As of early last week, Samsung has taken over London Heathrow Airport’s Terminal 5 in a typically over-the-top ad campaign that has seen the entrance renamed “Terminal Samsung Galaxy S5.” On top of that, the place is awash with billboards advertising the Korean company’s most celebrated handset, and this exhibition is set to continue for another week yet. Before Samsung’s takeover, though, Nokia – now Microsoft – had quite a sizeable advertising stake in Terminal 5, and given the mobile industry rival, it’s no surprise that the Windows Phone giant has begun trolling Sammy’s efforts with a little campaign of its own.
The “Lumianauts” are, as the name suggests, astronaut-clad folks out to push the Microsoft Mobile Lumia amid a wave of Galaxy S5 promotion, and even though there are serious undertones in that the Lumia is vying for the affections of the same consumer base, the Windows maker’s own efforts are generally light-hearted and tongue-in-cheek.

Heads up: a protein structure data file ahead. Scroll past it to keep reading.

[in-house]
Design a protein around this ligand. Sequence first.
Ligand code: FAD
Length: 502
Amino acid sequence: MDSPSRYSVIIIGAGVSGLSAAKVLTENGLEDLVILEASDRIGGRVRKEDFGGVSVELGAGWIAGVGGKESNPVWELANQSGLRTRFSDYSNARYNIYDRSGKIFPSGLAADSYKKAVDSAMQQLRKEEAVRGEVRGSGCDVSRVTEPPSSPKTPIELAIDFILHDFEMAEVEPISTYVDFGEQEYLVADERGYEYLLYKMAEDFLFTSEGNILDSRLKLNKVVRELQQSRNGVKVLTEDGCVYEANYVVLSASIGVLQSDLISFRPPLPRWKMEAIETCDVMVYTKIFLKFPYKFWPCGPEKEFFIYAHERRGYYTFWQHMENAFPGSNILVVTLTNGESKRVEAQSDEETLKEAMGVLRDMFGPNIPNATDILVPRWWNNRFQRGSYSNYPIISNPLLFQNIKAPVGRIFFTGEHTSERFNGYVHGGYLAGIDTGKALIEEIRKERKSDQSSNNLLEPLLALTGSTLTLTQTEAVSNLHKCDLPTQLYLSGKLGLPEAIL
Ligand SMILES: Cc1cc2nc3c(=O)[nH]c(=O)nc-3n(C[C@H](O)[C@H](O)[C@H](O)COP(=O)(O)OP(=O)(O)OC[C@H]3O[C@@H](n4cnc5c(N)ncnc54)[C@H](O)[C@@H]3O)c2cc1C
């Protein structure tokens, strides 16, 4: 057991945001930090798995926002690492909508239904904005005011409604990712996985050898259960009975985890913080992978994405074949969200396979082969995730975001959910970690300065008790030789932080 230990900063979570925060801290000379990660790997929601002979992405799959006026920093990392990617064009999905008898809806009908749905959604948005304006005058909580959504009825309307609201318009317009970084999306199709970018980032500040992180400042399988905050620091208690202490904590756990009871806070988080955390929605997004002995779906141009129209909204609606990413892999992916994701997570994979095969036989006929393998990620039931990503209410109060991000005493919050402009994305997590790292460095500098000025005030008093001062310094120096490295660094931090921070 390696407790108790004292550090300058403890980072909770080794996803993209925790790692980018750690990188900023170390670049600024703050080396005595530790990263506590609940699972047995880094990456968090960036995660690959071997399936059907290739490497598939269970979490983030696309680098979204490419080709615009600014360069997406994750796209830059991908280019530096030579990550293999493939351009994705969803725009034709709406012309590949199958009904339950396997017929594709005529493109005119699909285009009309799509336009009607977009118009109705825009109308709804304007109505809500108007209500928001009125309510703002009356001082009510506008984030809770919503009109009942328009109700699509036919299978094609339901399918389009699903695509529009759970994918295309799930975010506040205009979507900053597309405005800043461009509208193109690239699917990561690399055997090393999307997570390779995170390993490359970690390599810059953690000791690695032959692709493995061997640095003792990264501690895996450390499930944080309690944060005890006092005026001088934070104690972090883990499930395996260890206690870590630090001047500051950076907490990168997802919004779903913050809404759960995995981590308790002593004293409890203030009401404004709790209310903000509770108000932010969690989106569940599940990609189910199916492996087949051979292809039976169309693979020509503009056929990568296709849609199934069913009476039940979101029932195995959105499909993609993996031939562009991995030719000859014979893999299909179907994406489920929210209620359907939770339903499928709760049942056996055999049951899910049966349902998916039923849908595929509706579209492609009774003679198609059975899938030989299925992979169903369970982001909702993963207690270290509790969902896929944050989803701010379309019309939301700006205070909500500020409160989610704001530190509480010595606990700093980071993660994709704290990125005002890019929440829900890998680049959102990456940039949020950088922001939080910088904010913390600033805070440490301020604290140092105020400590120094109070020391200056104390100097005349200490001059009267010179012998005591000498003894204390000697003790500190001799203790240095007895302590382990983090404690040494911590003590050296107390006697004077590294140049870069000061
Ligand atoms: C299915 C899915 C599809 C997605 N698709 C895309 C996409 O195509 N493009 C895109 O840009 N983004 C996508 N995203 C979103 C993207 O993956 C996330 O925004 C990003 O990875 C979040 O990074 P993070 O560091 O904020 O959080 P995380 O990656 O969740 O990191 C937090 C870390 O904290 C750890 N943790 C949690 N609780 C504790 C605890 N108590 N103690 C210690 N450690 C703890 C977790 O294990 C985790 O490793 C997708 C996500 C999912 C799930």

Indeed, the Lumianauts appear to be lost, searching for a flight into the Galaxy. Having not found anything particularly noteworthy in the terminal, the Lumianauts are clearly not impressed by the Galaxy S5, but then again, this shouldn’t be at all surprising.
The Galaxy S5 was announced at the Worldwide Developers Conference back in February, and even though it was met with mixed reaction at the time, it launched last month to record first-weekend sales for a Galaxy handset. Since then, it has been heavily lauded for its exceptional display and camera – which boasts 4K video support among other great perks – and even though the recent high-end Lumias have also continued to push a high-spec camera ethos that began some years ago with Nokia, Microsoft has a lot of groundwork to do before these handsets can class themselves as legitimate Galaxy competitors.
Microsoft also noted that in the Lumia, it has a device that “is always out of this world,” another subtle pop at the Samsung Galaxy naming. But even though, as a Lumia 1020 owner myself, I find it very much conceivable that Lumia could one day challenge the likes of the Galaxy, Microsoft will have to greatly expand and enrich the Windows Phone ecosystem before we see the day.
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